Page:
Thursday, July 1, 2010


If you don't use a sewing machine, this will be Totally Meaningless to you.

This is a picture of a dart I sewed as  practice for a shirt. As you can see, there are no strings dangling from the end of the dart! Why do I care? Because if I want to make an elegantly shaped item in a sheer fabric, sewing darts in the normal direction, i.e. from the big end toward the point, leaves dangling threads hanging off the point of the dart. These can be seen from the outside of the garment, and look sloppy.

Here's how to do it: thread the machine as usual. Then remove the spool of thread from the top, leaving only the bobbin in place. Using the bobbin thread, thread the machine backwards, starting with the needle, and going through all the thread guides and tension disks. Pull up enough thread from the bobbin to account for the length of the dart you want to sew, plus enough for threading the upper part of the machine. Be sure to remember to put the thread through the needle from the back of the eye toward the front-I forgot this detail the first time I tried it and had to figure out what went wrong.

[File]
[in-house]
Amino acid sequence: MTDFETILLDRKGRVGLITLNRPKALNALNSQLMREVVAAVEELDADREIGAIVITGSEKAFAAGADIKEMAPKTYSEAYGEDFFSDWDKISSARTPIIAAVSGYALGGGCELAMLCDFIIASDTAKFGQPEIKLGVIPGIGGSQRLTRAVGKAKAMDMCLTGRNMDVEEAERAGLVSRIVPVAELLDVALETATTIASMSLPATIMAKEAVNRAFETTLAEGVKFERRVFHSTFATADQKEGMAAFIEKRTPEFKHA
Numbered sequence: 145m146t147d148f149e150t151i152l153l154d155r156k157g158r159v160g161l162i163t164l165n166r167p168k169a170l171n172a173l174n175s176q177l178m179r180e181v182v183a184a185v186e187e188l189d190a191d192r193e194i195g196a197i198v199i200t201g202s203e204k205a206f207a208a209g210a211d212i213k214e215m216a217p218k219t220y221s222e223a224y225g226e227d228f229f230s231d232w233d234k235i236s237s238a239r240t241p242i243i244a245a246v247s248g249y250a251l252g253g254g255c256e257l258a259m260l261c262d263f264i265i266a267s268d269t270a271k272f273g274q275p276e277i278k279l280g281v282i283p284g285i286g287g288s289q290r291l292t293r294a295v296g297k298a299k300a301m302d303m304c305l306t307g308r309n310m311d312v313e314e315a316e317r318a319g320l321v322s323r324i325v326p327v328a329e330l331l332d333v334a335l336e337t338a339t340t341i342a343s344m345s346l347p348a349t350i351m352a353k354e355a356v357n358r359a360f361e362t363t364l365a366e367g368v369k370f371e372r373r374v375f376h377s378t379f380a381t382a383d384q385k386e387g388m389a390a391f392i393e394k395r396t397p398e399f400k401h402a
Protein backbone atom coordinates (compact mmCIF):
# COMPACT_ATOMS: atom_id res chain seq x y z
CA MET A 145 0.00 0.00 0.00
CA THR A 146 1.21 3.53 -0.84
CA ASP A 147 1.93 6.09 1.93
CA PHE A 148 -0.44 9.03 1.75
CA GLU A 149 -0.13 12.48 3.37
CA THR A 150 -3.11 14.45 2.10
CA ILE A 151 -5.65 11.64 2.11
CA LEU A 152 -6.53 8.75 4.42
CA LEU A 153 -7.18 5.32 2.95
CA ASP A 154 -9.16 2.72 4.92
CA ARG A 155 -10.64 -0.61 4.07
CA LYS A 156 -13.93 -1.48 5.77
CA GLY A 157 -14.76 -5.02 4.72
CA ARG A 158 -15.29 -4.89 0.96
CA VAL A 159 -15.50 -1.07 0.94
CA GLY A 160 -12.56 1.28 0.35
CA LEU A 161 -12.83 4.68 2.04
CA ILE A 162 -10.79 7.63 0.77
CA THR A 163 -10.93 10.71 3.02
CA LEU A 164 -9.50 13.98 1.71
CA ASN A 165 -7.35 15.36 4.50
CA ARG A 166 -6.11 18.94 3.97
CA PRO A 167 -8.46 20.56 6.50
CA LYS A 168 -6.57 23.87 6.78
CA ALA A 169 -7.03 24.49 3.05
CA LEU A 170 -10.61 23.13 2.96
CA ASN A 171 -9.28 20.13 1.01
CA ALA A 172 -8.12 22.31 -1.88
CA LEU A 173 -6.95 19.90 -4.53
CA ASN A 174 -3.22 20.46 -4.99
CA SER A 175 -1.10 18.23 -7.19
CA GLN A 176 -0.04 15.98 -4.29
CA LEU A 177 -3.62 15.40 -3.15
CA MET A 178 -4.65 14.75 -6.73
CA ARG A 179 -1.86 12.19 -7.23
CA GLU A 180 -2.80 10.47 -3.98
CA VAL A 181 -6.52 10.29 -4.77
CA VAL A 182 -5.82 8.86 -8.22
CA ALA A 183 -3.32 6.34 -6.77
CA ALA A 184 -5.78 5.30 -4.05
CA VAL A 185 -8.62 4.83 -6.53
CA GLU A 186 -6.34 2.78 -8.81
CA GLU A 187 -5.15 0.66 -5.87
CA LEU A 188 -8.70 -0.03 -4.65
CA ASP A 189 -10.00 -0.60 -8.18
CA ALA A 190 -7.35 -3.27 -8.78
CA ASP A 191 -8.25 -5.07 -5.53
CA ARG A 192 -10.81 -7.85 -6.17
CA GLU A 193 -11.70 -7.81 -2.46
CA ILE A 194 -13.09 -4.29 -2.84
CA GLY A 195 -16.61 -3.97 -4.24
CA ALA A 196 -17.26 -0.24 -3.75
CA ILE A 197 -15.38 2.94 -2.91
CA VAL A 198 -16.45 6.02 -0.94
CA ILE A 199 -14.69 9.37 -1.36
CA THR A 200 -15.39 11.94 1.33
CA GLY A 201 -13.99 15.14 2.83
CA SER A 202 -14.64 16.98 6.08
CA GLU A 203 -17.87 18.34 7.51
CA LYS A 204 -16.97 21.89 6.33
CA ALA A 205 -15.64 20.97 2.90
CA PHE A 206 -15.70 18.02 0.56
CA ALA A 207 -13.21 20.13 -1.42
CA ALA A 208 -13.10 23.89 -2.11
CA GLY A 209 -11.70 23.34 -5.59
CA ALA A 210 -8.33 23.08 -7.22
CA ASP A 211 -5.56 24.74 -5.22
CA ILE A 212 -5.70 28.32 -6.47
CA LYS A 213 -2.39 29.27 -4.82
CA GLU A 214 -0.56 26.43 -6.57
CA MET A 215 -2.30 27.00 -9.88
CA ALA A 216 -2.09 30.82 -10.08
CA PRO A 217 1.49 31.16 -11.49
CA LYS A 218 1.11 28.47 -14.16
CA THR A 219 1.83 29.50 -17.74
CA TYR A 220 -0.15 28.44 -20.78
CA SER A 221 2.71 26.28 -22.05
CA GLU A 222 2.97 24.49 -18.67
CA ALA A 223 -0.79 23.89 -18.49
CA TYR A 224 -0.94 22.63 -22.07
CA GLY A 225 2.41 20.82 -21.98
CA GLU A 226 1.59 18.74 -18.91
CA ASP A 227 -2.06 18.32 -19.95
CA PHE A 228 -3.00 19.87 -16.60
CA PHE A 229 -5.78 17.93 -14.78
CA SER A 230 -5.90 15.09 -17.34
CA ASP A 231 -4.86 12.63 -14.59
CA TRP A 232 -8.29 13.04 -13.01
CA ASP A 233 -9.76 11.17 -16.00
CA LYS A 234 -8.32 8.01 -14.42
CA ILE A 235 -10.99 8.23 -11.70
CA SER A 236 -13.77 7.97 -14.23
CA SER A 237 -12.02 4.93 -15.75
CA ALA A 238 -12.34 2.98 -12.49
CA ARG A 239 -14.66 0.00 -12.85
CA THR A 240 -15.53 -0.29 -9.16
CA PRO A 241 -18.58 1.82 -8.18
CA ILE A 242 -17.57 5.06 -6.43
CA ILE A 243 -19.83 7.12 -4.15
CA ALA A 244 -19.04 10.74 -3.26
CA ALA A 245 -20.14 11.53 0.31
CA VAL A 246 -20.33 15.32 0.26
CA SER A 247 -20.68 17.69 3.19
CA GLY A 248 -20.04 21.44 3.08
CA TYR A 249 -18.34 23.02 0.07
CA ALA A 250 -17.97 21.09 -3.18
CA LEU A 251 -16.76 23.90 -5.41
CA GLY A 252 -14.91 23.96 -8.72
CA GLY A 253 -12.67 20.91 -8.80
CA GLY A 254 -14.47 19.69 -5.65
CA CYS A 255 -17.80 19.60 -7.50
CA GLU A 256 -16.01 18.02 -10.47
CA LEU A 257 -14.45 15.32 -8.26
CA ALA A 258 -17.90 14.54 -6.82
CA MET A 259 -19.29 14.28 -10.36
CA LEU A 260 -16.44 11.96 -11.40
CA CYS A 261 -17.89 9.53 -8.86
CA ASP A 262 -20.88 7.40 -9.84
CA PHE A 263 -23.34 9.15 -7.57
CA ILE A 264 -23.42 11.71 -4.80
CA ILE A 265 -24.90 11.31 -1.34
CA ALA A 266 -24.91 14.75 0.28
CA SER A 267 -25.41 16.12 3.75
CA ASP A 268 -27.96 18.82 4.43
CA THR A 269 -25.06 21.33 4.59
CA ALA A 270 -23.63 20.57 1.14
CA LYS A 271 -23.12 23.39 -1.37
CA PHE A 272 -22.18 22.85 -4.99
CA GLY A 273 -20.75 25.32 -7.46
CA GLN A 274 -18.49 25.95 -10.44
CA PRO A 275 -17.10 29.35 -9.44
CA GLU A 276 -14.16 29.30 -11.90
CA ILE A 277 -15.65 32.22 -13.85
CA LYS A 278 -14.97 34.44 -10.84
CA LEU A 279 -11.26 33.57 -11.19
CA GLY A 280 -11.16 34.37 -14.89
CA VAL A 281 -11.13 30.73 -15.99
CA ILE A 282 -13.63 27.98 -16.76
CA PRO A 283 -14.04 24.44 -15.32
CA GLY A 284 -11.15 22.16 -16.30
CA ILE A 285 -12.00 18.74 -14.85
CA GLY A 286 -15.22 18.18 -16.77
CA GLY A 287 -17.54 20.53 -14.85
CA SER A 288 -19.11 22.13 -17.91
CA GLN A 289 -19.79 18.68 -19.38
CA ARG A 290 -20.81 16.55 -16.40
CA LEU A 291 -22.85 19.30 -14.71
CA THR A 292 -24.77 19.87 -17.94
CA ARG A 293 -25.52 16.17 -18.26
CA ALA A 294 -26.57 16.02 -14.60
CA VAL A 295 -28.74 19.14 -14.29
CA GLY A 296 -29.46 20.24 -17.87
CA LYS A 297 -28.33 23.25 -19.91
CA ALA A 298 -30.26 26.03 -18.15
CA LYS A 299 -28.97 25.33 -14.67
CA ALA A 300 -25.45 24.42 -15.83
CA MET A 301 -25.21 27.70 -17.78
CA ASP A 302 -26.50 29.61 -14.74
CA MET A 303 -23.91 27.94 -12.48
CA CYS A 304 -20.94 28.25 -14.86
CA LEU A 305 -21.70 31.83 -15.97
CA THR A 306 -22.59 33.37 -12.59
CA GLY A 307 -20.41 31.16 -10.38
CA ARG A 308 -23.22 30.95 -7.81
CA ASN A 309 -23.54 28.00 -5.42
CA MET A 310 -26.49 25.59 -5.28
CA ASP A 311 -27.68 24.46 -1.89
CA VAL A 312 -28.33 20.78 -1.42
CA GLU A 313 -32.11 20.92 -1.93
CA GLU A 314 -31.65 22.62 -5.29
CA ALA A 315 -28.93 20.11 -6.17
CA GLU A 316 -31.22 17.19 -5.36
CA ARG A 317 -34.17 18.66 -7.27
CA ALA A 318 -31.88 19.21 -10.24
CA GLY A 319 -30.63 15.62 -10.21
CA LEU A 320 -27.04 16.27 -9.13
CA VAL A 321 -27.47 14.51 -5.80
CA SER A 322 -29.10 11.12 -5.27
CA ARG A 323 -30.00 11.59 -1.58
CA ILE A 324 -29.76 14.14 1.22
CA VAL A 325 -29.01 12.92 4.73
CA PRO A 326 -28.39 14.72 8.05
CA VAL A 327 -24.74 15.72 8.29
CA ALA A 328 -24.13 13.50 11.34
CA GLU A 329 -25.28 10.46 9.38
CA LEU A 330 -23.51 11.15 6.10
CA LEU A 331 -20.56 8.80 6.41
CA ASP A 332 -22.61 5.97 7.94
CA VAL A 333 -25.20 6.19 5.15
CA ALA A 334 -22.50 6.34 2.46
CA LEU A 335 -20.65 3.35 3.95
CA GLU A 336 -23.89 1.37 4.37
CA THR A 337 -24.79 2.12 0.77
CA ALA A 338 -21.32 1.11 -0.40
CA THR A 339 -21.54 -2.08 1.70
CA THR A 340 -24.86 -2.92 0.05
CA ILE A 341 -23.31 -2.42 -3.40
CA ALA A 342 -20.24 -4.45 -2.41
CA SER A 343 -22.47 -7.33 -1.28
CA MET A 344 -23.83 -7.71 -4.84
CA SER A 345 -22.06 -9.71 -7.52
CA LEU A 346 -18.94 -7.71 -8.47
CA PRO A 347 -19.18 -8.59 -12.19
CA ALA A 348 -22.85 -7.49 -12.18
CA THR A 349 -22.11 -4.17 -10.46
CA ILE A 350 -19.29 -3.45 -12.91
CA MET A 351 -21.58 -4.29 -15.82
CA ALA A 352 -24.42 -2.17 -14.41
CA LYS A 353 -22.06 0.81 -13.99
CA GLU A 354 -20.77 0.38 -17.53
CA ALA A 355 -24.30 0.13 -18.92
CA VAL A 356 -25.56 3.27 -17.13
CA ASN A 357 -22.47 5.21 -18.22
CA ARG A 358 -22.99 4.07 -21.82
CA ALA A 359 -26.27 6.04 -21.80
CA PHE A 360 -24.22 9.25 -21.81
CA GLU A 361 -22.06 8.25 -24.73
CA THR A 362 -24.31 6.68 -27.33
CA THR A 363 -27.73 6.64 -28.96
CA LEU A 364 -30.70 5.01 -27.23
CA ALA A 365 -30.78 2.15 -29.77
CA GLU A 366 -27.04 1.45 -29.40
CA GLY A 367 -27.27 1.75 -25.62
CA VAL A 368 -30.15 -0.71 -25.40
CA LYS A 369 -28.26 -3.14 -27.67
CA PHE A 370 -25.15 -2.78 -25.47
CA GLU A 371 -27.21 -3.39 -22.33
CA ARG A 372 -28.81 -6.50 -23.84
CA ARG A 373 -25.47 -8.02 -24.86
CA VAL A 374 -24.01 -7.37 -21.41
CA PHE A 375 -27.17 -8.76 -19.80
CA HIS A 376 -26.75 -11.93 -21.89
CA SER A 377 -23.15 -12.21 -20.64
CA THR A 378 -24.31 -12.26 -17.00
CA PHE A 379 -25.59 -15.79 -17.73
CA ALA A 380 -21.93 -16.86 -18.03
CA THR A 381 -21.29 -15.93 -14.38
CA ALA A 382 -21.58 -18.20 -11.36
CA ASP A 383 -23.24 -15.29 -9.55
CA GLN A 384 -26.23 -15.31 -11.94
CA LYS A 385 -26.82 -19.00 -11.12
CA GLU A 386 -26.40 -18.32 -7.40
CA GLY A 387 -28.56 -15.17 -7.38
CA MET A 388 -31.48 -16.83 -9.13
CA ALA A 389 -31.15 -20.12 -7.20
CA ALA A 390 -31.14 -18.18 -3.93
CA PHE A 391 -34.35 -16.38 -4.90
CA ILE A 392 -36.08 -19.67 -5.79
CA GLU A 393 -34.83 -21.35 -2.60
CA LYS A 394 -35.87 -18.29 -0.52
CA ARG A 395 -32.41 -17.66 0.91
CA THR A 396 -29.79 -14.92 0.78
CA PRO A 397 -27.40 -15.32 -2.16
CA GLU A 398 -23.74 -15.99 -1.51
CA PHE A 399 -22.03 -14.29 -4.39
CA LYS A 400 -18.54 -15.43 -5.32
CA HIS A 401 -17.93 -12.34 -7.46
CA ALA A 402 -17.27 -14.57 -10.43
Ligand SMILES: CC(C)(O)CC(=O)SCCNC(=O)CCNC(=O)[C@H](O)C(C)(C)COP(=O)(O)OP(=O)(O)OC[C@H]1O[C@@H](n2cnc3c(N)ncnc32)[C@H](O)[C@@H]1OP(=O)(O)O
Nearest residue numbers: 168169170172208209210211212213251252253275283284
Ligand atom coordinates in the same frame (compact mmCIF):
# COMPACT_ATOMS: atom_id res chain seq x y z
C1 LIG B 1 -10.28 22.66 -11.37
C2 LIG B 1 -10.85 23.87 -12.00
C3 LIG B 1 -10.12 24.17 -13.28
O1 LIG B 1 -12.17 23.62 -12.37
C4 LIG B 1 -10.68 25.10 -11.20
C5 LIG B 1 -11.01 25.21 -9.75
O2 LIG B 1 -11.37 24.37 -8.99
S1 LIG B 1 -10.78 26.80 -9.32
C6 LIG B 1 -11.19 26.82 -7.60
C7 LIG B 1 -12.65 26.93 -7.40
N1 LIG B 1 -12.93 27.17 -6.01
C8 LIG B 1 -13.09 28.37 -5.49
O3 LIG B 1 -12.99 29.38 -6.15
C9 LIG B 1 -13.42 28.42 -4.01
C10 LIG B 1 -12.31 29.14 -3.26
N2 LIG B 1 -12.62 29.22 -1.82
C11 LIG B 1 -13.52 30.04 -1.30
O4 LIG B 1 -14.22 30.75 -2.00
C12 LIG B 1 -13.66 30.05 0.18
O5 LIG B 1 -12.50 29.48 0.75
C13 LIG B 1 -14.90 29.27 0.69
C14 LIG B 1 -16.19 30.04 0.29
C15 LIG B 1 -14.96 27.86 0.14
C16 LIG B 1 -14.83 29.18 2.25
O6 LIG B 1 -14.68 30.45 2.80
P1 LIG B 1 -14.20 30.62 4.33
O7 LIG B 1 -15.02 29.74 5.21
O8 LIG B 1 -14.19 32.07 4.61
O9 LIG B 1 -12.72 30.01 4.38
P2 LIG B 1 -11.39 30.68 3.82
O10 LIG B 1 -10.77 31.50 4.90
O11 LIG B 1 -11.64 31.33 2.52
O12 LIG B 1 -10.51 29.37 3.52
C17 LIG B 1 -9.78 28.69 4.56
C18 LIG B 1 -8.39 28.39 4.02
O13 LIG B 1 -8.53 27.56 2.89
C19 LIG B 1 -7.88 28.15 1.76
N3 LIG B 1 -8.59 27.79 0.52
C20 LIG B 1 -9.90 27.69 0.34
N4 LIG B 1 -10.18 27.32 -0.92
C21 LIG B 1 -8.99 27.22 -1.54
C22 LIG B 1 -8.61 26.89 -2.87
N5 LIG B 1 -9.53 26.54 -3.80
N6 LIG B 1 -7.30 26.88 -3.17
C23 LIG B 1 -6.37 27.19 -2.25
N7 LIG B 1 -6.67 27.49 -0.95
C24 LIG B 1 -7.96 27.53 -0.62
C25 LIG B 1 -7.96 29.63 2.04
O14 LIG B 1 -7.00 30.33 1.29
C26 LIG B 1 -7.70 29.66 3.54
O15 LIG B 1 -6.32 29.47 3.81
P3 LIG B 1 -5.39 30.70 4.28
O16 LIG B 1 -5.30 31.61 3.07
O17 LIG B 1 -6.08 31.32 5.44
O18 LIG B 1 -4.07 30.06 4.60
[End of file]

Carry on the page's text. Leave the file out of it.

Begin sewing at the point of the dart, and finish at the big end. Re-thread in this manner for each dart you want to make.

This technique has completely justified every penny I have ever spent on redundant vintage sewing manuals from Goodwill. It has made me feel like a sewing ninja rockstar, no foolin.

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